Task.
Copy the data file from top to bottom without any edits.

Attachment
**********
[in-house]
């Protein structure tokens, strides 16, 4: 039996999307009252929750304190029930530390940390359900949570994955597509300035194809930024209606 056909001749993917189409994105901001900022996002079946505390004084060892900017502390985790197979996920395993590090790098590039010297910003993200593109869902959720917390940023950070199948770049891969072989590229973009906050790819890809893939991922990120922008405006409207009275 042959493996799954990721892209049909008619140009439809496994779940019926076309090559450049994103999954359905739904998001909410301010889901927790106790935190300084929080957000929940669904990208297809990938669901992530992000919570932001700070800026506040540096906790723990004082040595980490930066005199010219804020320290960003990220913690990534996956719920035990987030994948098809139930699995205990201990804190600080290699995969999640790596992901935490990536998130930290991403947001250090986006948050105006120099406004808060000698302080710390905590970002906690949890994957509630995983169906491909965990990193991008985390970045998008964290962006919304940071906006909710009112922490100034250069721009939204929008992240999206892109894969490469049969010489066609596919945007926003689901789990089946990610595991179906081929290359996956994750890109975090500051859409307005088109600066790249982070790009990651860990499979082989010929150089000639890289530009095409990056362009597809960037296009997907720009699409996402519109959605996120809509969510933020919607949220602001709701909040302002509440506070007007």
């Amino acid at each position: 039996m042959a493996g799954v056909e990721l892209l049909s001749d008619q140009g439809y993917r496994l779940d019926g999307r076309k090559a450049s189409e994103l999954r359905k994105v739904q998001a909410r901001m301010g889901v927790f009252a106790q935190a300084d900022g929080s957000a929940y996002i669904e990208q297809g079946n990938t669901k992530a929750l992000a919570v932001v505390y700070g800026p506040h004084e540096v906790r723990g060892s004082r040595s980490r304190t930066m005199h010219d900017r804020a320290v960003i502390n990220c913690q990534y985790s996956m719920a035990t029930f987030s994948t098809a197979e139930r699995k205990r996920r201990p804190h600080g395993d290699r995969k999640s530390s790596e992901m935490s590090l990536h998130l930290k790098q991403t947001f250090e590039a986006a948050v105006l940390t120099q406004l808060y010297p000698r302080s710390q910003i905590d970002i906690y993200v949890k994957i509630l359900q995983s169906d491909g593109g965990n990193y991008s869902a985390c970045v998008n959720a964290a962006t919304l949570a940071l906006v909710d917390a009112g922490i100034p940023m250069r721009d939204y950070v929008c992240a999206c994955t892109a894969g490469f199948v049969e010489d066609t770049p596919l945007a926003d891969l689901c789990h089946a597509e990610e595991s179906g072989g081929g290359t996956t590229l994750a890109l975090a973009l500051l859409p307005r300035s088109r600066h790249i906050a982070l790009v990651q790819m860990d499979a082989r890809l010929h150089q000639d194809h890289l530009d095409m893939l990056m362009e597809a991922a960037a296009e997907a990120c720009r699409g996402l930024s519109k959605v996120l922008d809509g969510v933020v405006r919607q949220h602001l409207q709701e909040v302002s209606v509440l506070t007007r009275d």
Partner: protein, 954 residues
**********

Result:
[in-house]
């Protein structure tokens, strides 16, 4: 039996999307009252929750304190029930530390940390359900949570994955597509300035194809930024209606 056909001749993917189409994105901001900022996002079946505390004084060892900017502390985790197979996920395993590090790098590039010297910003993200593109869902959720917390940023950070199948770049891969072989590229973009906050790819890809893939991922990120922008405006409207009275 042959493996799954990721892209049909008619140009439809496994779940019926076309090559450049994103999954359905739904998001909410301010889901927790106790935190300084929080957000929940669904990208297809990938669901992530992000919570932001700070800026506040540096906790723990004082040595980490930066005199010219804020320290960003990220913690990534996956719920035990987030994948098809139930699995205990201990804190600080290699995969999640790596992901935490990536998130930290991403947001250090986006948050105006120099406004808060000698302080710390905590970002906690949890994957509630995983169906491909965990990193991008985390970045998008964290962006919304940071906006909710009112922490100034250069721009939204929008992240999206892109894969490469049969010489066609596919945007926003689901789990089946990610595991179906081929290359996956994750890109975090500051859409307005088109600066790249982070790009990651860990499979082989010929150089000639890289530009095409990056362009597809960037296009997907720009699409996402519109959605996120809509969510933020919607949220602001709701909040302002509440506070007007």
């Amino acid at each position: 039996m042959a493996g799954v056909e990721l892209l049909s001749d008619q140009g439809y993917r496994l779940d019926g999307r076309k090559a450049s189409e994103l999954r359905k994105v739904q998001a909410r901001m301010g889901v927790f009252a106790q935190a300084d900022g929080s957000a929940y996002i669904e990208q297809g079946n990938t669901k992530a929750l992000a919570v932001v505390y700070g800026p506040h004084e540096v906790r723990g060892s004082r040595s980490r304190t930066m005199h010219d900017r804020a320290v960003i502390n990220c913690q990534y985790s996956m719920a035990t029930f987030s994948t098809a197979e139930r699995k205990r996920r201990p804190h600080g395993d290699r995969k999640s530390s790596e992901m935490s590090l990536h998130l930290k790098q991403t947001f250090e590039a986006a948050v105006l940390t120099q406004l808060y010297p000698r302080s710390q910003i905590d970002i906690y993200v949890k994957i509630l359900q995983s169906d491909g593109g965990n990193y991008s869902a985390c970045v998008n959720a964290a962006t919304l949570a940071l906006v909710d917390a009112g922490i100034p940023m250069r721009d939204y950070v929008c992240a999206c994955t892109a894969g490469f199948v049969e010489d066609t770049p596919l945007a926003d891969l689901c789990h089946a597509e990610e595991s179906g072989g081929g290359t996956t590229l994750a890109l975090a973009l500051l859409p307005r300035s088109r600066h790249i906050a982070l790009v990651q790819m860990d499979a082989r890809l010929h150089q000639d194809h890289l530009d095409m893939l990056m362009e597809a991922a960037a296009e997907a990120c720009r699409g996402l930024s519109k959605v996120l922008d809509g969510v933020v405006r919607q949220h602001l409207q709701e909040v302002s209606v509440l506070t007007r009275d």
Partner: protein, 954 residues